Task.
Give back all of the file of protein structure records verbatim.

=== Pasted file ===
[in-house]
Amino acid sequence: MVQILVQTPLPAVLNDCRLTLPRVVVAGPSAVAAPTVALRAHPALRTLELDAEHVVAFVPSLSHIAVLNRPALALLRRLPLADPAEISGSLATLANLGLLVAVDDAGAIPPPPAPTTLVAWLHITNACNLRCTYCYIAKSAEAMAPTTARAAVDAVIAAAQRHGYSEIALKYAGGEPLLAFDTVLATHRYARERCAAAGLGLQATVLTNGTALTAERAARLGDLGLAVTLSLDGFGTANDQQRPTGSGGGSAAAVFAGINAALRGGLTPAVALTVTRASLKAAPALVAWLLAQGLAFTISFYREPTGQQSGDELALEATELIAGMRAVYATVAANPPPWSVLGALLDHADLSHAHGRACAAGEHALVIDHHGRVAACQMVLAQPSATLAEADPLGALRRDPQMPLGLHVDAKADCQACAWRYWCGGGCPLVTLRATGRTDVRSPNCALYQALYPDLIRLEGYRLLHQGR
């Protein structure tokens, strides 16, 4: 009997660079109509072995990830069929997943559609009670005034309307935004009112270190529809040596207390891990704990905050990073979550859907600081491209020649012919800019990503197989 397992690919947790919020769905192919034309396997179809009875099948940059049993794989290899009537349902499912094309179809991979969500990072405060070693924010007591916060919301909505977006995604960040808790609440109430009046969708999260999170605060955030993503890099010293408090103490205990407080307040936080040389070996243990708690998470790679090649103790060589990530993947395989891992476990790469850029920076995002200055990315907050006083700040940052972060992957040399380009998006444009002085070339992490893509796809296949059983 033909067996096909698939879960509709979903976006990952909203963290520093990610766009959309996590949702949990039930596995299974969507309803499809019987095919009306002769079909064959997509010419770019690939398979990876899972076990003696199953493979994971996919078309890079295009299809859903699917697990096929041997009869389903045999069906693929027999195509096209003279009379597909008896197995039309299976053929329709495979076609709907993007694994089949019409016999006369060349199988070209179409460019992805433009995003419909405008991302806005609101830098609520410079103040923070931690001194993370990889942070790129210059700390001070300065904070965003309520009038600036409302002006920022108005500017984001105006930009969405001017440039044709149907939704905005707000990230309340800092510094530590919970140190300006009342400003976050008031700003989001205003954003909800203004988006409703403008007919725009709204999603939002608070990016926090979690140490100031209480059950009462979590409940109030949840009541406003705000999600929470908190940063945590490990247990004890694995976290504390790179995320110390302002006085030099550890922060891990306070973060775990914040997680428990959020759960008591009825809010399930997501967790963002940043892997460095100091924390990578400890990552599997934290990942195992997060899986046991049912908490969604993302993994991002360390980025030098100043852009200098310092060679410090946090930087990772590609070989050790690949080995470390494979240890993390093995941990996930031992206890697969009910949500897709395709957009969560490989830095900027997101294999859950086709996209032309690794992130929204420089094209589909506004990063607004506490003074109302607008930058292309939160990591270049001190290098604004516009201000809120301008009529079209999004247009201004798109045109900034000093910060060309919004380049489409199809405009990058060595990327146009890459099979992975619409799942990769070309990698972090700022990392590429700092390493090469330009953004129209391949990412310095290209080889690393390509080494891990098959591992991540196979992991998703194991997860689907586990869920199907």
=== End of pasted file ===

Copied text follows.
[in-house]
Amino acid sequence: MVQILVQTPLPAVLNDCRLTLPRVVVAGPSAVAAPTVALRAHPALRTLELDAEHVVAFVPSLSHIAVLNRPALALLRRLPLADPAEISGSLATLANLGLLVAVDDAGAIPPPPAPTTLVAWLHITNACNLRCTYCYIAKSAEAMAPTTARAAVDAVIAAAQRHGYSEIALKYAGGEPLLAFDTVLATHRYARERCAAAGLGLQATVLTNGTALTAERAARLGDLGLAVTLSLDGFGTANDQQRPTGSGGGSAAAVFAGINAALRGGLTPAVALTVTRASLKAAPALVAWLLAQGLAFTISFYREPTGQQSGDELALEATELIAGMRAVYATVAANPPPWSVLGALLDHADLSHAHGRACAAGEHALVIDHHGRVAACQMVLAQPSATLAEADPLGALRRDPQMPLGLHVDAKADCQACAWRYWCGGGCPLVTLRATGRTDVRSPNCALYQALYPDLIRLEGYRLLHQGR
């Protein structure tokens, strides 16, 4: 009997660079109509072995990830069929997943559609009670005034309307935004009112270190529809040596207390891990704990905050990073979550859907600081491209020649012919800019990503197989 397992690919947790919020769905192919034309396997179809009875099948940059049993794989290899009537349902499912094309179809991979969500990072405060070693924010007591916060919301909505977006995604960040808790609440109430009046969708999260999170605060955030993503890099010293408090103490205990407080307040936080040389070996243990708690998470790679090649103790060589990530993947395989891992476990790469850029920076995002200055990315907050006083700040940052972060992957040399380009998006444009002085070339992490893509796809296949059983 033909067996096909698939879960509709979903976006990952909203963290520093990610766009959309996590949702949990039930596995299974969507309803499809019987095919009306002769079909064959997509010419770019690939398979990876899972076990003696199953493979994971996919078309890079295009299809859903699917697990096929041997009869389903045999069906693929027999195509096209003279009379597909008896197995039309299976053929329709495979076609709907993007694994089949019409016999006369060349199988070209179409460019992805433009995003419909405008991302806005609101830098609520410079103040923070931690001194993370990889942070790129210059700390001070300065904070965003309520009038600036409302002006920022108005500017984001105006930009969405001017440039044709149907939704905005707000990230309340800092510094530590919970140190300006009342400003976050008031700003989001205003954003909800203004988006409703403008007919725009709204999603939002608070990016926090979690140490100031209480059950009462979590409940109030949840009541406003705000999600929470908190940063945590490990247990004890694995976290504390790179995320110390302002006085030099550890922060891990306070973060775990914040997680428990959020759960008591009825809010399930997501967790963002940043892997460095100091924390990578400890990552599997934290990942195992997060899986046991049912908490969604993302993994991002360390980025030098100043852009200098310092060679410090946090930087990772590609070989050790690949080995470390494979240890993390093995941990996930031992206890697969009910949500897709395709957009969560490989830095900027997101294999859950086709996209032309690794992130929204420089094209589909506004990063607004506490003074109302607008930058292309939160990591270049001190290098604004516009201000809120301008009529079209999004247009201004798109045109900034000093910060060309919004380049489409199809405009990058060595990327146009890459099979992975619409799942990769070309990698972090700022990392590429700092390493090469330009953004129209391949990412310095290209080889690393390509080494891990098959591992991540196979992991998703194991997860689907586990869920199907």